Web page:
Ukraine news latest: Russia accused of forcing hospital patients in Donetsk into combat


The Missing: The Ukrainians abducted in Putin’s war

Russia has been accused of forcing hospital patients in occupied territories of Ukraine to take part in combat.

The General Staff of the Armed Forces of Ukraine said that Vladimir Putin’s army has been forcing injured and ill men into battle to compensate for the losses suffered by the troops.

It wrote on social media: “Forced mobilisation is currently underway on the temporarily occupied territories of Ukraine. In Donetsk, Russian occupiers have found a new ‘source’ to replenish losses in manpower.

“For example, recently, representatives of the Russian occupation army have started arriving at local hospitals and forcibly ‘discharging’ patients.

“In particular, they ‘discharge’ men of conscription age who are receiving treatment for various illnesses or injuries, including from taking part in hostilities.”

In the past day, about 300 Russian soldiers had been “liquidated” amid the ongoing invasion and the total number of Russian soldiers’ deaths since February is now in the region of 49,800 – the Ukrainian defence ministry said today.


UN “gravely concerned” by Zaporizhzhia situation

The United Nations remains “gravely concerned” by the “dangerous situation” in and around the Russian-controlled Zaporizhzhia nuclear plant in Ukraine, Ben Wallace has said.

The Defence Secretary told the Commons: “Under the IAEA (International Atomic Energy Agency) an inspection was carried out, and they have left a team behind.

“They have already drawn attention to the violation and I quote ‘the violation of its physical integrity’, and the United Nations remains gravely concerned by the dangerous situation in and around the plant.

“We will continue to monitor it and ensure that we engage with Ukrainian partners to also ensure no one’s safety is put at risk.”


Wallace says Russia hasn’t achieved any of its objectives

Russia has yet to achieve any of its strategic objectives, Ben Wallace has said.

Making his statement in the Commons, the Defence Secretary told MPs: “Russia continues to lose significant equipment and personnel. It is estimated to date that over 25,000 Russian soldiers have lost their lives, and in all if you include killed casualties, captured, or the now reported tens of thousands of deserters over 80,000 dead or injured and the other categories.

“This will have long-lasting impact on Russia’s army and its future combat effectiveness. Russia has yet to achieve any of its strategic objectives. And we are now on day 194 of what was envisaged in total to be a month-long campaign.”


Borrell says EU will support Ukraine ‘whatever the threat’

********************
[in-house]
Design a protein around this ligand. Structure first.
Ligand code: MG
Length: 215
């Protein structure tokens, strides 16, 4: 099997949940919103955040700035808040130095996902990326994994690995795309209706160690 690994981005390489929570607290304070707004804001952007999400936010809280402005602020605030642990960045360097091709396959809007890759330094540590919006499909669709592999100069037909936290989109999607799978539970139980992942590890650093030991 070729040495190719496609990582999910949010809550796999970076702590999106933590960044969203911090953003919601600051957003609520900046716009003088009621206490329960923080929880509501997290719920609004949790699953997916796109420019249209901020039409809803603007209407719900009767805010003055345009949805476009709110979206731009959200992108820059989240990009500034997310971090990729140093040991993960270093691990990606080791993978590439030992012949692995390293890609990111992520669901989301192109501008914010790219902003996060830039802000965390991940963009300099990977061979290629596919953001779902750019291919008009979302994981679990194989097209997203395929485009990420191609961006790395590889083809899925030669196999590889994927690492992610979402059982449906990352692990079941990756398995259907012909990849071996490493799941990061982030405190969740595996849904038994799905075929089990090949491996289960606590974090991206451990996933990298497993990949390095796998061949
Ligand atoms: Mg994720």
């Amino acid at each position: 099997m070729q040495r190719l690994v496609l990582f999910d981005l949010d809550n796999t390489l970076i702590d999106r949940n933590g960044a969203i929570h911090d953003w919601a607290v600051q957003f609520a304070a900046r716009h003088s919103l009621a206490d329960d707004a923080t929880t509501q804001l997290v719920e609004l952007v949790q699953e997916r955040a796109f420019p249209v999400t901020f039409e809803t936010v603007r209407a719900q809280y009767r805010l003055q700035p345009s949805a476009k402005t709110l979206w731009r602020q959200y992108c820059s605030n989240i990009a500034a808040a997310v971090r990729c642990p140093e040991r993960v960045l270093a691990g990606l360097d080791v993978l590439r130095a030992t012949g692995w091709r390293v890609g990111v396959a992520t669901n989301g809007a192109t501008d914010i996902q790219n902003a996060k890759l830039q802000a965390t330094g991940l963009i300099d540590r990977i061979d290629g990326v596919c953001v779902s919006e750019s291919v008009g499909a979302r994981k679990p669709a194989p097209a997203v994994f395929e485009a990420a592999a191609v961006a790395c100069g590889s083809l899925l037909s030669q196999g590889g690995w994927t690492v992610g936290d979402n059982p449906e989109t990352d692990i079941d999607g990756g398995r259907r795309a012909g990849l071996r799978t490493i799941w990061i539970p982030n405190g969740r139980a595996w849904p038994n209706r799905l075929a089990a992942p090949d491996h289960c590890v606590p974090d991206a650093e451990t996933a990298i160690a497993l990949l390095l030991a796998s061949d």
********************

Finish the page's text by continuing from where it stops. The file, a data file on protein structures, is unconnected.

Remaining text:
EU foreign policy chief Josep Borrell said that “the European Union will continue supporting Ukraine, whatever threat, whatever blackmail Russia can put on us,” and that for “as long as it takes and as much as needed.”

But Borrell had warned earlier Monday that weapons stocks in the EU are running low and he urged member countries to better coordinate their spending on military materiel.

“The military stocks of most member states has been, I wouldn’t say exhausted, but depleted in a high proportion, because we have been providing a lot of capacity to the Ukrainians,” he said in a debate with European parliamentarians.

“It has to be refilled. The best way of refilling is doing that together. It will be cheaper,” he said.


Ukraine’s prime minister urges EU to stand firm against Russian energy “blackmail”

Ukraine’s prime minister has urged the European Union to stand firm against Russian energy “blackmail” and appealed for more weapons, including aircraft, for the war-ravaged country even as EU armament stocks run low.

“Russia wages a hybrid war in the European continent against the European Union. The gas blackmail, the oil blackmail, creation of the food crisis, migrant crisis, misinformation, cyberattacks,” Ukrainian Prime Minister Denys Shmyhal said

“But abandoning Ukraine alone against Russia — that would just be one of those steps for the further movement of Russia deeper into Europe. The only salvation is for Europe to be united,” he told reporters in Brussels after a meeting with senior EU officials.

The EU’s 27 member nations have been funneling weapons, ammunition and other assistance into Ukraine since Russia invaded the country on Feb. 24.

The bloc has provided billions of euros in economic and refugee support. Sanctions are also gradually taking their toll on Russia’s economy, but concern is mounting that EU resolve may falter as inflation and energy prices rise.

However, Shmyhal insisted that Ukraine, which has been accepted as a candidate for future EU membership, still needs more help.“Unfortunately, we see no signs that Russia is willing to stop the war.

This is why we need more modern weapons, such as air defense, missile defense, anti-ship defense” as well as armored vehicles and aircraft, he said.


US accuses Russia of using Nord Stream 1 gas pipeline closure as ‘weapon’

A White House official has accused Russia of using energy as a weapon after it stopped exporting gas to Europe through the Nord Stream 1 pipeline that is connected to Germany.